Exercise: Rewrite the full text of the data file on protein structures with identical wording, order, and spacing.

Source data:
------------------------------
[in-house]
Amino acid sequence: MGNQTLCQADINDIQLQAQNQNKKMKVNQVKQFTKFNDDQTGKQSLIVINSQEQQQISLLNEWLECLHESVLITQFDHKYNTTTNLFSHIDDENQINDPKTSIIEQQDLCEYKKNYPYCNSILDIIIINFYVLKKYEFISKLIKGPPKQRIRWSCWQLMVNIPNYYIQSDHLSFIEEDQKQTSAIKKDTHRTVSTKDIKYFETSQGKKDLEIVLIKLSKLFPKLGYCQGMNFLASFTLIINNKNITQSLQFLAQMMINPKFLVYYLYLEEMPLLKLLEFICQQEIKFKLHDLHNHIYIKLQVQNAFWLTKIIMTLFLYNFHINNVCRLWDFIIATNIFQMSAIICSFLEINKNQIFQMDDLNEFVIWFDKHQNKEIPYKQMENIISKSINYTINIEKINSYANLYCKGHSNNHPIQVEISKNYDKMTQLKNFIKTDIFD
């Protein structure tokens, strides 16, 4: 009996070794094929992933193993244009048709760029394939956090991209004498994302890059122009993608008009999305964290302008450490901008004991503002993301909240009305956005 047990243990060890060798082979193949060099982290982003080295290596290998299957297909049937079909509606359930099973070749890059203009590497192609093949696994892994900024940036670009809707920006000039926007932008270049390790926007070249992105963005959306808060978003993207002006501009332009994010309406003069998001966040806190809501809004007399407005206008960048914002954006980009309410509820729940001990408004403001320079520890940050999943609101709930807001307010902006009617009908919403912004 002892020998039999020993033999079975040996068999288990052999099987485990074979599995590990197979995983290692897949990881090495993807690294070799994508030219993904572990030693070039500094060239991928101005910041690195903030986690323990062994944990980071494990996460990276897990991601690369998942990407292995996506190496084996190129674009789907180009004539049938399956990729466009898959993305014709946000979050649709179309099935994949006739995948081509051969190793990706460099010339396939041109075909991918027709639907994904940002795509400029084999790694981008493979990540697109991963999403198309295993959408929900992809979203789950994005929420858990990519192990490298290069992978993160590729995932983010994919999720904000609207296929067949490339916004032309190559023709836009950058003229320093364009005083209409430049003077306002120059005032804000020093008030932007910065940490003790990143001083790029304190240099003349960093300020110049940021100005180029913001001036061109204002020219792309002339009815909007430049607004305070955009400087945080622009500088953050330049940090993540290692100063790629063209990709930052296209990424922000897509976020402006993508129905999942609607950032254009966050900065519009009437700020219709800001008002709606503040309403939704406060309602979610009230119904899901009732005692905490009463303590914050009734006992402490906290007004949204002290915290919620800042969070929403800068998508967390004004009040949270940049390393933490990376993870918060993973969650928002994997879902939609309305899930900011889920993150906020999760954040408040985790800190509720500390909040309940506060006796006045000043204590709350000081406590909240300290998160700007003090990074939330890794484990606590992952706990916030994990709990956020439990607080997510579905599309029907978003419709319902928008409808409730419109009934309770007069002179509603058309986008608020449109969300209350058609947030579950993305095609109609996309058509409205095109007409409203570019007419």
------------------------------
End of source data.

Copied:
[in-house]
Amino acid sequence: MGNQTLCQADINDIQLQAQNQNKKMKVNQVKQFTKFNDDQTGKQSLIVINSQEQQQISLLNEWLECLHESVLITQFDHKYNTTTNLFSHIDDENQINDPKTSIIEQQDLCEYKKNYPYCNSILDIIIINFYVLKKYEFISKLIKGPPKQRIRWSCWQLMVNIPNYYIQSDHLSFIEEDQKQTSAIKKDTHRTVSTKDIKYFETSQGKKDLEIVLIKLSKLFPKLGYCQGMNFLASFTLIINNKNITQSLQFLAQMMINPKFLVYYLYLEEMPLLKLLEFICQQEIKFKLHDLHNHIYIKLQVQNAFWLTKIIMTLFLYNFHINNVCRLWDFIIATNIFQMSAIICSFLEINKNQIFQMDDLNEFVIWFDKHQNKEIPYKQMENIISKSINYTINIEKINSYANLYCKGHSNNHPIQVEISKNYDKMTQLKNFIKTDIFD
């Protein structure tokens, strides 16, 4: 009996070794094929992933193993244009048709760029394939956090991209004498994302890059122009993608008009999305964290302008450490901008004991503002993301909240009305956005 047990243990060890060798082979193949060099982290982003080295290596290998299957297909049937079909509606359930099973070749890059203009590497192609093949696994892994900024940036670009809707920006000039926007932008270049390790926007070249992105963005959306808060978003993207002006501009332009994010309406003069998001966040806190809501809004007399407005206008960048914002954006980009309410509820729940001990408004403001320079520890940050999943609101709930807001307010902006009617009908919403912004 002892020998039999020993033999079975040996068999288990052999099987485990074979599995590990197979995983290692897949990881090495993807690294070799994508030219993904572990030693070039500094060239991928101005910041690195903030986690323990062994944990980071494990996460990276897990991601690369998942990407292995996506190496084996190129674009789907180009004539049938399956990729466009898959993305014709946000979050649709179309099935994949006739995948081509051969190793990706460099010339396939041109075909991918027709639907994904940002795509400029084999790694981008493979990540697109991963999403198309295993959408929900992809979203789950994005929420858990990519192990490298290069992978993160590729995932983010994919999720904000609207296929067949490339916004032309190559023709836009950058003229320093364009005083209409430049003077306002120059005032804000020093008030932007910065940490003790990143001083790029304190240099003349960093300020110049940021100005180029913001001036061109204002020219792309002339009815909007430049607004305070955009400087945080622009500088953050330049940090993540290692100063790629063209990709930052296209990424922000897509976020402006993508129905999942609607950032254009966050900065519009009437700020219709800001008002709606503040309403939704406060309602979610009230119904899901009732005692905490009463303590914050009734006992402490906290007004949204002290915290919620800042969070929403800068998508967390004004009040949270940049390393933490990376993870918060993973969650928002994997879902939609309305899930900011889920993150906020999760954040408040985790800190509720500390909040309940506060006796006045000043204590709350000081406590909240300290998160700007003090990074939330890794484990606590992952706990916030994990709990956020439990607080997510579905599309029907978003419709319902928008409808409730419109009934309770007069002179509603058309986008608020449109969300209350058609947030579950993305095609109609996309058509409205095109007409409203570019007419």